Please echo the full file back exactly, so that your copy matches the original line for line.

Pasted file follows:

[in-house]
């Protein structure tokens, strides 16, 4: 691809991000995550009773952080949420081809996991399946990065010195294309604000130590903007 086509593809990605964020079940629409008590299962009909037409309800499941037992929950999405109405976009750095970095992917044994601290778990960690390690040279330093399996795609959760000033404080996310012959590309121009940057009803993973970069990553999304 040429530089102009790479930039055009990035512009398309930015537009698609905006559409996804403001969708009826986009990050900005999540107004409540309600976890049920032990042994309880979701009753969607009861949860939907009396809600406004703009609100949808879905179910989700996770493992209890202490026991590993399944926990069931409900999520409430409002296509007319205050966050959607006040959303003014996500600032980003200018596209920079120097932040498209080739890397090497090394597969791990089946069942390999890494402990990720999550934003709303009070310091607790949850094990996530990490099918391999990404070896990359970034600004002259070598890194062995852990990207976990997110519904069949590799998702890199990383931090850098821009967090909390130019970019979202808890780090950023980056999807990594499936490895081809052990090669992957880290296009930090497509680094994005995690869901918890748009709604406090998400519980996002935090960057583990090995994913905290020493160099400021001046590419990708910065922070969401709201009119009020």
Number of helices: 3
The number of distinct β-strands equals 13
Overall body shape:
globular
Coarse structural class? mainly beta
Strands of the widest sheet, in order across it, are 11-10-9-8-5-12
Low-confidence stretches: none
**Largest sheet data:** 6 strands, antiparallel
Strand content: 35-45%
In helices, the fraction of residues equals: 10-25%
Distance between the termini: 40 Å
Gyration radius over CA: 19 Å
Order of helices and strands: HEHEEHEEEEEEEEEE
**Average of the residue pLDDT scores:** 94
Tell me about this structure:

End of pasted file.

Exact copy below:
[in-house]
């Protein structure tokens, strides 16, 4: 691809991000995550009773952080949420081809996991399946990065010195294309604000130590903007 086509593809990605964020079940629409008590299962009909037409309800499941037992929950999405109405976009750095970095992917044994601290778990960690390690040279330093399996795609959760000033404080996310012959590309121009940057009803993973970069990553999304 040429530089102009790479930039055009990035512009398309930015537009698609905006559409996804403001969708009826986009990050900005999540107004409540309600976890049920032990042994309880979701009753969607009861949860939907009396809600406004703009609100949808879905179910989700996770493992209890202490026991590993399944926990069931409900999520409430409002296509007319205050966050959607006040959303003014996500600032980003200018596209920079120097932040498209080739890397090497090394597969791990089946069942390999890494402990990720999550934003709303009070310091607790949850094990996530990490099918391999990404070896990359970034600004002259070598890194062995852990990207976990997110519904069949590799998702890199990383931090850098821009967090909390130019970019979202808890780090950023980056999807990594499936490895081809052990090669992957880290296009930090497509680094994005995690869901918890748009709604406090998400519980996002935090960057583990090995994913905290020493160099400021001046590419990708910065922070969401709201009119009020």
Number of helices: 3
The number of distinct β-strands equals 13
Overall body shape:
globular
Coarse structural class? mainly beta
Strands of the widest sheet, in order across it, are 11-10-9-8-5-12
Low-confidence stretches: none
**Largest sheet data:** 6 strands, antiparallel
Strand content: 35-45%
In helices, the fraction of residues equals: 10-25%
Distance between the termini: 40 Å
Gyration radius over CA: 19 Å
Order of helices and strands: HEHEEHEEEEEEEEEE
**Average of the residue pLDDT scores:** 94
Tell me about this structure: